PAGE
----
2. Carla Bino (Catholic University of the Sacred Heart, Milan): A 'Dramatic Turn': The Revolution of Christian Representation
  3. Carolyn Muessig (University of Bristol): Women in Motion: Interacting with the Bible in Medieval and Early Modern Europe
  4. Discussion

12:30 p.m.

LUNCH

2 p.m.

BETWEEN LITURGY AND THEATRE
Chair: Carolyn Muessig

  1. Glenn Peers (University of Texas at Austin): The Byzantine Material Symphony: Sound, Stuff and Things
  2. Andrew Walker White (George Mason University): No Drama Please, We're Greek: Sacred Plays from a Medieval Orthodox Perspective

2:45 p.m.

COFFEE BREAK

3:30 p.m.

  1. Kamil Kopania (University of Warsaw): Re-enacting the Passion: Animated Sculptures of the Crucified Christ
  2. Nerida Newbigin (University of Sydney): Making Believe and Modelling Behavior: Old Testament Rappresentazioni in Fifteenth-Century Florence
  3. Discussion

5:30 p.m.

END OF FIRST DAY

Day 2: Friday, March 23, 2018

9 a.m.

WELCOME COFFEE

9:30 a.m.

STAGING THE SACRED, PERFORMING THE MYSTERY
Chair: Nerida Newbigin

  1. Nils Holger Petersen (University of Copenhagen): Enacting Sacred Narrative: Biblical, Liturgical and Sacramental Practices in the Latin West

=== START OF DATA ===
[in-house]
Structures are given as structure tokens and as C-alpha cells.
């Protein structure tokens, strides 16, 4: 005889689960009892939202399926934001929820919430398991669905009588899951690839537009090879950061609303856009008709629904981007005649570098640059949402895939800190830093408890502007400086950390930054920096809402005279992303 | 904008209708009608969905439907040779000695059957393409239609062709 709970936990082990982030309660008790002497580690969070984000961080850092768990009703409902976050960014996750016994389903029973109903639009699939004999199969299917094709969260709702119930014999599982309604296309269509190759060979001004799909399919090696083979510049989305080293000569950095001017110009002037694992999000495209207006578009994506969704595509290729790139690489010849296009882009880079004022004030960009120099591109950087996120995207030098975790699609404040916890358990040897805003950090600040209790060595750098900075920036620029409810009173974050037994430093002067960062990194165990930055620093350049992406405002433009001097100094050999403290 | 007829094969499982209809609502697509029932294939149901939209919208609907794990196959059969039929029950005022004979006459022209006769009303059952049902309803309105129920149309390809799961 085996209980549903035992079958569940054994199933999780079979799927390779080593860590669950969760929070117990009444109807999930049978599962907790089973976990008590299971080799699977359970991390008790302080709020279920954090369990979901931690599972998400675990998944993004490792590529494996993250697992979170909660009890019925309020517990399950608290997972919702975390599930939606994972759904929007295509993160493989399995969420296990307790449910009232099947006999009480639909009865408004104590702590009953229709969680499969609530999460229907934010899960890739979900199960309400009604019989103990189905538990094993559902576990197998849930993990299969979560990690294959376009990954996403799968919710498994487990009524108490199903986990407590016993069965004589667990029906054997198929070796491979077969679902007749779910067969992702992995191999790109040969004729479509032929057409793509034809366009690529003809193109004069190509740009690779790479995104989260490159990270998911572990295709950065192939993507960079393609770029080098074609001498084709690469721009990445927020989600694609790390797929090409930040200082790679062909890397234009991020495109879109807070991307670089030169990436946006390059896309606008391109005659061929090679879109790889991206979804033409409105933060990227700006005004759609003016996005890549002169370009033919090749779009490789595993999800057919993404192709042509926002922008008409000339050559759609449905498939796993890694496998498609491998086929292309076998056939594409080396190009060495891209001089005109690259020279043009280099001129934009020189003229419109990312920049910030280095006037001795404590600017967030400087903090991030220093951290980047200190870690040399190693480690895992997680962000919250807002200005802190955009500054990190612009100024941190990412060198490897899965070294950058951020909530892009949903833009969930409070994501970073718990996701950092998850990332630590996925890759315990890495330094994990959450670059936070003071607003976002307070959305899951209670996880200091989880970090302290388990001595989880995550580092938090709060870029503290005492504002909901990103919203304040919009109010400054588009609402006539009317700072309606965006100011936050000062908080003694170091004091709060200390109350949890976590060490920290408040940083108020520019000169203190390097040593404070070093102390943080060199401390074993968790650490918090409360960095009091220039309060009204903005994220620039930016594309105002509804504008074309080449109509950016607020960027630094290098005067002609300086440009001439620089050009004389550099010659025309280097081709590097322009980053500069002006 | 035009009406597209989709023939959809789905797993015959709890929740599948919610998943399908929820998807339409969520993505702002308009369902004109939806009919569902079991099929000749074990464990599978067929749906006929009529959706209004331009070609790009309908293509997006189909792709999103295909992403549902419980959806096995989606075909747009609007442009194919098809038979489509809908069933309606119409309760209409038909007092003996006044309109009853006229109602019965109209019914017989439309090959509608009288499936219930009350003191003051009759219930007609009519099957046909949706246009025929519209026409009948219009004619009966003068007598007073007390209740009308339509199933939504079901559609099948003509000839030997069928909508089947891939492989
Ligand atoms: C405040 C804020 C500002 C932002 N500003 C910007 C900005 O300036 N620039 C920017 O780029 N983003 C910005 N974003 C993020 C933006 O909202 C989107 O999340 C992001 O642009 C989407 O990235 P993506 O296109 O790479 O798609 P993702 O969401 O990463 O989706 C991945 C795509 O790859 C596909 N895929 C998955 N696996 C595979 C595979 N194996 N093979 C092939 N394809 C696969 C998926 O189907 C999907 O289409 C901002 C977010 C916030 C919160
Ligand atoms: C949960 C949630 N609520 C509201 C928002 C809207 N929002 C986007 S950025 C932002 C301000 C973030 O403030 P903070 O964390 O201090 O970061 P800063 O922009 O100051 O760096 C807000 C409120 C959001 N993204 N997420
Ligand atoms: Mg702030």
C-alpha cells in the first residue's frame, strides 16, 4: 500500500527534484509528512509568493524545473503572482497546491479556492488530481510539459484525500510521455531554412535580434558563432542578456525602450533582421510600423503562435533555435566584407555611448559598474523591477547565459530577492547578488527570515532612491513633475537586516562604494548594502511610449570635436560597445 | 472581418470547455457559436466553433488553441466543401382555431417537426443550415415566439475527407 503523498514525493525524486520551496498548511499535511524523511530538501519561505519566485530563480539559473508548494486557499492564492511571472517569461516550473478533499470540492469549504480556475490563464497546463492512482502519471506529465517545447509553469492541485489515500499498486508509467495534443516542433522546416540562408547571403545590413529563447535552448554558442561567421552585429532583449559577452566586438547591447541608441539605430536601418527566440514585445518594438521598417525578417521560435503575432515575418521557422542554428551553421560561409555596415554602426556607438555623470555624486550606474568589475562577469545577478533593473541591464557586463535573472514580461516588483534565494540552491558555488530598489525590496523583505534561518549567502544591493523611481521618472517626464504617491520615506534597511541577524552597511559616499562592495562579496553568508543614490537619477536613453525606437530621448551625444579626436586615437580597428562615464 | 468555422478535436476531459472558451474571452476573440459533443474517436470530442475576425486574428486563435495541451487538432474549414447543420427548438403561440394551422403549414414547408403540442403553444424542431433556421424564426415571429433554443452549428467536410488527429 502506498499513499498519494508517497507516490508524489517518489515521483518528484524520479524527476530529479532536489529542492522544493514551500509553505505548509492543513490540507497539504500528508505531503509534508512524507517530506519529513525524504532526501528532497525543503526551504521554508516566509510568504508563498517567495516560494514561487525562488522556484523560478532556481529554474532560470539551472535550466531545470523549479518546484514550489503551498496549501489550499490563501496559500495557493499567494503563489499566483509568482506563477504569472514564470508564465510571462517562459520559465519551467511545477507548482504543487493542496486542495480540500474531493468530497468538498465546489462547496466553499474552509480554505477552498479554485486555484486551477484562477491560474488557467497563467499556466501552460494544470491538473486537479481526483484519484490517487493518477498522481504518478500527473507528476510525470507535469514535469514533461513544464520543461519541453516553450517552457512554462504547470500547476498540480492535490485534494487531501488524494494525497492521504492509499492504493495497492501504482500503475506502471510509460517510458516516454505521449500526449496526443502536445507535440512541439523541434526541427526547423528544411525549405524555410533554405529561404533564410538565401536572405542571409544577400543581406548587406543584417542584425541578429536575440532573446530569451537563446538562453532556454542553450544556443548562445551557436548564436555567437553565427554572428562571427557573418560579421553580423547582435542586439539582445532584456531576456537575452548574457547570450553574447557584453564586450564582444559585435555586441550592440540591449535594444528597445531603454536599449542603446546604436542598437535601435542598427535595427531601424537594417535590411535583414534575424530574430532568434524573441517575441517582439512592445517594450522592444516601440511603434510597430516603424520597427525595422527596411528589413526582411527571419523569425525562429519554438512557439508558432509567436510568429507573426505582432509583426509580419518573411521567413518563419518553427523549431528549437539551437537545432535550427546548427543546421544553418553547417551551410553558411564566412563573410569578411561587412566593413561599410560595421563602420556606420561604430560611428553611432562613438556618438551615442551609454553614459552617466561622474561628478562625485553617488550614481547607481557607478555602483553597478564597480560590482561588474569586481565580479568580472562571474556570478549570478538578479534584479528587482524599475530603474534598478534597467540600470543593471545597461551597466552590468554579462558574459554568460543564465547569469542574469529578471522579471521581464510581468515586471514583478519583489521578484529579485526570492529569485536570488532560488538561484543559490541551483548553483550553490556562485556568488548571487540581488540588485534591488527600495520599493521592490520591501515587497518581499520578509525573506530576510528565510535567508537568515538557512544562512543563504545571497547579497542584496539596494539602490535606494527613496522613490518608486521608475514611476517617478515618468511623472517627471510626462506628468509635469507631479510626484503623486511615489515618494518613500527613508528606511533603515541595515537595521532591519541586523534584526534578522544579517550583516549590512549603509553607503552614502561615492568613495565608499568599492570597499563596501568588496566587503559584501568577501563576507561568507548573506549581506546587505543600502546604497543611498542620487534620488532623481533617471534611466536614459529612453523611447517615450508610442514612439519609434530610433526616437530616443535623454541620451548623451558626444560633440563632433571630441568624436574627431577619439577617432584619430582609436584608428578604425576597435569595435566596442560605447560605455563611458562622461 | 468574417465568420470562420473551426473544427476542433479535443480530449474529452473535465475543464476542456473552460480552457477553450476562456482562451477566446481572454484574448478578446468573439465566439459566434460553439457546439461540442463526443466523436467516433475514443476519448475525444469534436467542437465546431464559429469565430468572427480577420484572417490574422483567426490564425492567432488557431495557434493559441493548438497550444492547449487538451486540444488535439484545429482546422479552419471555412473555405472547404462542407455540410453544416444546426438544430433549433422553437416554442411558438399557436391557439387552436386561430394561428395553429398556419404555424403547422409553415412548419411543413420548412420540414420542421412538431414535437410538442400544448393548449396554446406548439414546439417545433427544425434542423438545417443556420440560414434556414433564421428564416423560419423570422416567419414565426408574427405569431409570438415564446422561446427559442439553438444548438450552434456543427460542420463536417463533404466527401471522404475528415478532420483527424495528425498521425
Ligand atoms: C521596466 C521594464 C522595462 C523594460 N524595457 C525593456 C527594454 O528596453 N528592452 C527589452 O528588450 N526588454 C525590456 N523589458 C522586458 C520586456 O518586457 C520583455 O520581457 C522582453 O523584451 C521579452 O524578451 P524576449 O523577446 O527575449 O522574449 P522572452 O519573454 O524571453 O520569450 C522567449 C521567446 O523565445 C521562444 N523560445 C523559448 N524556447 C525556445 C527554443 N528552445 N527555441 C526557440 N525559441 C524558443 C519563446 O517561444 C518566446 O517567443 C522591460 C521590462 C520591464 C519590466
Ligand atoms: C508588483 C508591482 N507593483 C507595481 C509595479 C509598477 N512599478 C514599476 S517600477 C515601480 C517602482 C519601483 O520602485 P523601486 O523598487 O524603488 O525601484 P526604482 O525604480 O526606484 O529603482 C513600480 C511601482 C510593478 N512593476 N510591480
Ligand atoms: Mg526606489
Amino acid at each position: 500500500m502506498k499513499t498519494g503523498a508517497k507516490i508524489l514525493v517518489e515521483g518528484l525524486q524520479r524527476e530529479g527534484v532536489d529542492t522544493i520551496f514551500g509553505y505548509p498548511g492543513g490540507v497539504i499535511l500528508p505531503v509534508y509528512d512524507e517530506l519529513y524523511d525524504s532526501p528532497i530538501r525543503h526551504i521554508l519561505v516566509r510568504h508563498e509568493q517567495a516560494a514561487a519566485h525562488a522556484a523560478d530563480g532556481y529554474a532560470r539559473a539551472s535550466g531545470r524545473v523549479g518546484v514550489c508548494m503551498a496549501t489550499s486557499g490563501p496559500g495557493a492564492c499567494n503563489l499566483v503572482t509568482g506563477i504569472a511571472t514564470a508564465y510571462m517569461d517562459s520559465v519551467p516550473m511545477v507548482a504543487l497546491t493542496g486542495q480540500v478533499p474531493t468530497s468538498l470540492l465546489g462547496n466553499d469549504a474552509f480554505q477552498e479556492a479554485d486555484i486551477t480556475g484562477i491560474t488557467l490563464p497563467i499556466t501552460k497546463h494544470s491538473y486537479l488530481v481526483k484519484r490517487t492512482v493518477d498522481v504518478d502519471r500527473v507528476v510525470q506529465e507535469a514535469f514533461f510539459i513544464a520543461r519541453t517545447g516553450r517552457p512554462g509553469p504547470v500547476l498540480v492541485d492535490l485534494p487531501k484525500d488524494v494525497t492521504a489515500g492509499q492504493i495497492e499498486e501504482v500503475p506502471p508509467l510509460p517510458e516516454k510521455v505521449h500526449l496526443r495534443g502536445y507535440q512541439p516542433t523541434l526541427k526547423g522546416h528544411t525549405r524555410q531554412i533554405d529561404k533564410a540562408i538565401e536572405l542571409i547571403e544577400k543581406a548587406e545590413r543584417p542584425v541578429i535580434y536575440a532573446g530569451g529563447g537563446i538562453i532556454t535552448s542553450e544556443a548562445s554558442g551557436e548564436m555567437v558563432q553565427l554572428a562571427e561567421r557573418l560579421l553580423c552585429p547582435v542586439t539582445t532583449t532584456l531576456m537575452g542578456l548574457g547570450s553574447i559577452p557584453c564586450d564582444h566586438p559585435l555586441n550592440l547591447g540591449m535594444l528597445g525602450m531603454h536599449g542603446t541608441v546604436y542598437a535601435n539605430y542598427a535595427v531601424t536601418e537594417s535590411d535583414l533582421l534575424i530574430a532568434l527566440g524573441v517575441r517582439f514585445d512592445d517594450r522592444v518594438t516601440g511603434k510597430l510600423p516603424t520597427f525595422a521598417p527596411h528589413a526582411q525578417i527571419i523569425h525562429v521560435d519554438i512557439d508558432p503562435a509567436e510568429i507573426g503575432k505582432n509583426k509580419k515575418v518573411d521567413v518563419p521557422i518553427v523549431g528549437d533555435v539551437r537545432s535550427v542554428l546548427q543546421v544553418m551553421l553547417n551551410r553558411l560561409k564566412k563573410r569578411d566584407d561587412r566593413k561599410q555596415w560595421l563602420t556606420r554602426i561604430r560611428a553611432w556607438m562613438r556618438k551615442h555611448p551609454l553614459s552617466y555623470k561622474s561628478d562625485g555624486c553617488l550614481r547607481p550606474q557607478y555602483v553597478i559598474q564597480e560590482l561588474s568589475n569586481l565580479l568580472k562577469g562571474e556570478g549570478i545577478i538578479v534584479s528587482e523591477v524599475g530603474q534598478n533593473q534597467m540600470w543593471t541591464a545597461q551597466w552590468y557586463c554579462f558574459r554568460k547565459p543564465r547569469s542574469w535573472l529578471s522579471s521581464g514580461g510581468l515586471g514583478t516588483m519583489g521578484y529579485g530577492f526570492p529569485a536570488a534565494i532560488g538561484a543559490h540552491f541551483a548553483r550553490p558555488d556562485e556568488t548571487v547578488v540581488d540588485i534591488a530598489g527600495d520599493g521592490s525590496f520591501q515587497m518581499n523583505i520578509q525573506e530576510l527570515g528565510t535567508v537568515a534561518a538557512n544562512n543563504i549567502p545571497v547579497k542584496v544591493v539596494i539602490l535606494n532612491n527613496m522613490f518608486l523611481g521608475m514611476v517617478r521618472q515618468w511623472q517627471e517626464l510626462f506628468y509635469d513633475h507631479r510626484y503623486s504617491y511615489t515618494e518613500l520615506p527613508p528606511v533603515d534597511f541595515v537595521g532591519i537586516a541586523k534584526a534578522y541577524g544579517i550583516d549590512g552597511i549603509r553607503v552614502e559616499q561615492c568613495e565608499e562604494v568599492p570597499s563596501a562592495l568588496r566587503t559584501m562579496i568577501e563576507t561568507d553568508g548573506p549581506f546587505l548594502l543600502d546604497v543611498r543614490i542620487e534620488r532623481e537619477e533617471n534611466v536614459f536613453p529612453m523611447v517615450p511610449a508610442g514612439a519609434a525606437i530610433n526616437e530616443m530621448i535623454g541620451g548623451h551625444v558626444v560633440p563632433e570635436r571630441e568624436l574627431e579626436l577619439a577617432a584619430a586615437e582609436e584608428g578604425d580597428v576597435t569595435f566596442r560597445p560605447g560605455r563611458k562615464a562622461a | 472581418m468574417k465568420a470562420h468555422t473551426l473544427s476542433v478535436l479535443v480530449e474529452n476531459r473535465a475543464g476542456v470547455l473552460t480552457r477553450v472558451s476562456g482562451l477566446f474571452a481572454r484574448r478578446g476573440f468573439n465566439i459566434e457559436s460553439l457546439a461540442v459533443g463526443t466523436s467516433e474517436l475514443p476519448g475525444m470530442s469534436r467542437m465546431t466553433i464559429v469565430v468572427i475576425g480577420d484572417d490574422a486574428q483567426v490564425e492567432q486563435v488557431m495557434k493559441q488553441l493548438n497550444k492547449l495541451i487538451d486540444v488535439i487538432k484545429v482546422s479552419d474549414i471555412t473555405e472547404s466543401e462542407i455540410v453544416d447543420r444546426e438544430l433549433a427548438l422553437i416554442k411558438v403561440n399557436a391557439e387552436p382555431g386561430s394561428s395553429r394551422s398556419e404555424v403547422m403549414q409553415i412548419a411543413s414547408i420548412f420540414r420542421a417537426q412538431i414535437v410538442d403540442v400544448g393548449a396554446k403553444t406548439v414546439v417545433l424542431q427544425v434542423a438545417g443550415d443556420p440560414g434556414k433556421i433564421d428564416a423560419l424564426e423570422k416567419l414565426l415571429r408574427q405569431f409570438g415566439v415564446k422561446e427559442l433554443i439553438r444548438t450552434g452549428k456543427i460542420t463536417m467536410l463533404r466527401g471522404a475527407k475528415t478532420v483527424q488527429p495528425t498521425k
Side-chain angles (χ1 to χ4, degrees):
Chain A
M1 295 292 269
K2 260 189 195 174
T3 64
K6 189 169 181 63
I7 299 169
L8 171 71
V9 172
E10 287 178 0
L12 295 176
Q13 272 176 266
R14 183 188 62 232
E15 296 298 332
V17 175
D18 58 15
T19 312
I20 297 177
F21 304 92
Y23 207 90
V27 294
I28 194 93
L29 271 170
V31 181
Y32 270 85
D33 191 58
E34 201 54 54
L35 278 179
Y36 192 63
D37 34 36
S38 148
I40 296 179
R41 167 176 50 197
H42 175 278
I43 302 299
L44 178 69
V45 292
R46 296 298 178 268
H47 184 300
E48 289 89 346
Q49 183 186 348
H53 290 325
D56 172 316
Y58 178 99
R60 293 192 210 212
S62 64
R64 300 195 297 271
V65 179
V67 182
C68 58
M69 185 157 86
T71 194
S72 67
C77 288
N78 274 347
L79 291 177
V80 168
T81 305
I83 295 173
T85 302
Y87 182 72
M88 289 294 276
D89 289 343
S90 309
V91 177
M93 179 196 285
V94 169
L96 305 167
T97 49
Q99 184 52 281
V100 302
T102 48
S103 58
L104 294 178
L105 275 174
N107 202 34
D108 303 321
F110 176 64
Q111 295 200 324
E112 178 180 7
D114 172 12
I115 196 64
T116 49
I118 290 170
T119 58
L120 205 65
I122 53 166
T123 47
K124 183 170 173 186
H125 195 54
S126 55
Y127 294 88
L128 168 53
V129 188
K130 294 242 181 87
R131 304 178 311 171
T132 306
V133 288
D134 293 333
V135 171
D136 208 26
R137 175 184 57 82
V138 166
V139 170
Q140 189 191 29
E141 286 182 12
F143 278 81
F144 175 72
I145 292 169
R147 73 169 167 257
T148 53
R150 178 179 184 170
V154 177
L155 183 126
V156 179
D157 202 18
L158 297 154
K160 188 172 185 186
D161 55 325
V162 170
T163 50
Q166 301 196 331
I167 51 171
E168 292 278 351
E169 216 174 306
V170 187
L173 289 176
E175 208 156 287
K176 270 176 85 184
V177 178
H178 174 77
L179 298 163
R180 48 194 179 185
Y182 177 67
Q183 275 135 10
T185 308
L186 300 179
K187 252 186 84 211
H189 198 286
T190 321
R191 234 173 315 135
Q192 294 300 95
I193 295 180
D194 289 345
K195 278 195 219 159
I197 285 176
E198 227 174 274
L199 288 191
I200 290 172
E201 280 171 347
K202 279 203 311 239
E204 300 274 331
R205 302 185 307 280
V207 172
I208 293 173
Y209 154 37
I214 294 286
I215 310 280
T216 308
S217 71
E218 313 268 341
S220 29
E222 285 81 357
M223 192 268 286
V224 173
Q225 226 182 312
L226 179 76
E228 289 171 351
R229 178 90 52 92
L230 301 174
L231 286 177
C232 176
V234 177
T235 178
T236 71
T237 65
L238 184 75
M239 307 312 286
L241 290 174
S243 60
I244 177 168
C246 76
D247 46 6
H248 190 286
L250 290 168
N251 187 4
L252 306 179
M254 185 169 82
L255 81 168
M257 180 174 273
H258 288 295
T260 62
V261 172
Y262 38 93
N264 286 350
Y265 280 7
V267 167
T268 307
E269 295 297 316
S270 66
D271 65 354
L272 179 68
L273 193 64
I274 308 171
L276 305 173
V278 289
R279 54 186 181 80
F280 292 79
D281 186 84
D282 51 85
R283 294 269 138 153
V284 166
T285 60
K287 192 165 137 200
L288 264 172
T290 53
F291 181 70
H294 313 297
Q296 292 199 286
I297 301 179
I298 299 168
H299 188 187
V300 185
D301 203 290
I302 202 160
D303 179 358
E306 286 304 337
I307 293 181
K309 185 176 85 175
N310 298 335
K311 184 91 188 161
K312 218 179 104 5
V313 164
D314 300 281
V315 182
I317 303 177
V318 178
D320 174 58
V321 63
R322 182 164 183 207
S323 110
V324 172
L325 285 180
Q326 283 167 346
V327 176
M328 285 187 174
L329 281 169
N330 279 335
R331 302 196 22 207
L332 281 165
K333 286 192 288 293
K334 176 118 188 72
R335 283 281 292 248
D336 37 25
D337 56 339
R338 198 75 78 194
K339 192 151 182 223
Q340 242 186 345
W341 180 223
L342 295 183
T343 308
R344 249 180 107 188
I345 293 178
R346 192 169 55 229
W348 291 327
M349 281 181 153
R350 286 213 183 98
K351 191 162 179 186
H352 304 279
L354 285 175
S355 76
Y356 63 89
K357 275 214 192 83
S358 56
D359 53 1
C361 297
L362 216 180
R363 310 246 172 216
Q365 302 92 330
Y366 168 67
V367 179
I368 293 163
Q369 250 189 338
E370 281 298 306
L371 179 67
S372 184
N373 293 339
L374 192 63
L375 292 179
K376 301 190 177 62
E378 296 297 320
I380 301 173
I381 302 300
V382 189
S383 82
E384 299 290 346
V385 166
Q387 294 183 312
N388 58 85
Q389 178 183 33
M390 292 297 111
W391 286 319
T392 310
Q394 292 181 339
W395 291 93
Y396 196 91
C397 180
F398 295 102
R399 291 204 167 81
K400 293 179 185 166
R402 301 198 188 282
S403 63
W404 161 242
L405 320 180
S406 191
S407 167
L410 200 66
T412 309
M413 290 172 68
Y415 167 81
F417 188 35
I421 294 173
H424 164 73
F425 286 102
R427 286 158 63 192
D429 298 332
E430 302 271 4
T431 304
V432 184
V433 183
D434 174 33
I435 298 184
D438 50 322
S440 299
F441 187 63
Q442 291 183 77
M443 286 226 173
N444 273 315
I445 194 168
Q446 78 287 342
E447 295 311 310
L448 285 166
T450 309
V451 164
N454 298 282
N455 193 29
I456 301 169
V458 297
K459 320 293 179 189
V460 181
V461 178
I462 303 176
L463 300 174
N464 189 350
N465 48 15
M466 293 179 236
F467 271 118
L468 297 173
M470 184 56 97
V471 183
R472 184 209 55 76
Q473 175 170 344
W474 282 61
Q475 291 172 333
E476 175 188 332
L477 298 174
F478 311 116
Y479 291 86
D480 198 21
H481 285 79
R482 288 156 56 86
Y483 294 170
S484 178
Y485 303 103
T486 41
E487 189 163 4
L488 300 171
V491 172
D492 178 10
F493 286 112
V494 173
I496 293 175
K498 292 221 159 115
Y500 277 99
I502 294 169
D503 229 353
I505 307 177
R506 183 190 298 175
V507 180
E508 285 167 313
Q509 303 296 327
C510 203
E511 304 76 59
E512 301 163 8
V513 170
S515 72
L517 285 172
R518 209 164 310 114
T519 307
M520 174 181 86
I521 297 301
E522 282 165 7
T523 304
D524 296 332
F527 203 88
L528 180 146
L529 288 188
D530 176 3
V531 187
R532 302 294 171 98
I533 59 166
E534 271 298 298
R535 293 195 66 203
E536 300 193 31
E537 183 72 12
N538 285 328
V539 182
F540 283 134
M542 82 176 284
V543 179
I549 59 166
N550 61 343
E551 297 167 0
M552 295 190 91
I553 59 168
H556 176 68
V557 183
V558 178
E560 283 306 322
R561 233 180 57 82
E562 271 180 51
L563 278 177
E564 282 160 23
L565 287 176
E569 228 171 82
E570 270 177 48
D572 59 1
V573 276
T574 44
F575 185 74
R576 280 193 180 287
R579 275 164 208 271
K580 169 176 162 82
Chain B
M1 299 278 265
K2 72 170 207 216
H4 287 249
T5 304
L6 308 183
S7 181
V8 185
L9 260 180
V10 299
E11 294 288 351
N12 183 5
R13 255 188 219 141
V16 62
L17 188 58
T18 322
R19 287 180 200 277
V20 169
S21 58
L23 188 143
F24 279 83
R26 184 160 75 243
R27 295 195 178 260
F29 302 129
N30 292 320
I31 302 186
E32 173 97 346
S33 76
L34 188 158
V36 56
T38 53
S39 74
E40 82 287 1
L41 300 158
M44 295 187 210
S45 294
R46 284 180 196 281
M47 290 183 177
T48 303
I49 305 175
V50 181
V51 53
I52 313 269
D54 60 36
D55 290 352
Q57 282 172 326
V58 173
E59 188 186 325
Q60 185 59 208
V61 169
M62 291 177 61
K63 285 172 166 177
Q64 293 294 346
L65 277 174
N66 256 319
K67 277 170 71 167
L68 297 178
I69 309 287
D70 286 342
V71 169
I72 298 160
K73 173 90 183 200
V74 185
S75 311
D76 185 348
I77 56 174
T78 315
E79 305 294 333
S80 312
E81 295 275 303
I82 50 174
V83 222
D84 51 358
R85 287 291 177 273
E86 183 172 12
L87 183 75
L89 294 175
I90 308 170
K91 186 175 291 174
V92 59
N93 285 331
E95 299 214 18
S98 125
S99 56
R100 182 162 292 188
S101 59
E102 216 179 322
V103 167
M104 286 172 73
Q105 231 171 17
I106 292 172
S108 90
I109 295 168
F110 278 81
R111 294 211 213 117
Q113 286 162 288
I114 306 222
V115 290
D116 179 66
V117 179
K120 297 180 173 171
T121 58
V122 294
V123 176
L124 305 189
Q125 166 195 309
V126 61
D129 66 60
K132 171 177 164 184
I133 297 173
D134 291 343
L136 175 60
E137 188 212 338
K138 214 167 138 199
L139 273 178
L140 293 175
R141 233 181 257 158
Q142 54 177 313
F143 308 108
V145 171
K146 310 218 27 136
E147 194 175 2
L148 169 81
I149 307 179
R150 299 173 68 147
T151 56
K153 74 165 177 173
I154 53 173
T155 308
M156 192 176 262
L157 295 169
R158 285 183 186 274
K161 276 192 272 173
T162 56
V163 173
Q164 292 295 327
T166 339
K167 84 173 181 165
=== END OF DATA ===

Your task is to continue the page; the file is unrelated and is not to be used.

2. Anna Maria Testaverde (University of Bergamo): The Suardi Codex: Devotional Iconography and Dramaturgy in a "Handwritten Book" from Bergamo (1492-1493)

10:15 a.m.

COFFEE BREAK

10:45 a.m.

  1. Sharon Aronson-Lehavi (Tel Aviv University): Christian Drama and Jewish Drama in Medieval Europe
  2. Allie Terry-Fritsch (Bowling Green State University): Performing the Passion: Art, Vision and Immersive Action in the Italian Holy Lands
  3. Discussion

12:30 p.m.

LUNCH

2:30 p.m.

THE THEATRE OF GLORY
Chair: Nils Holger Petersen

  1. Rachel Fulton Brown (University of Chicago): Mary in the Scriptures: Container and Way
  2. Fabrizio Fiaschini (University of Pavia): Commedia dell'Arte vs Counter-Reformation? Notes on a Relationship at the Boundaries of Orthodoxy
  3. Francesc Massip (Universitat Rovira i Virgili): Performing Glory: The Mystery of Elche on Contemporary Stages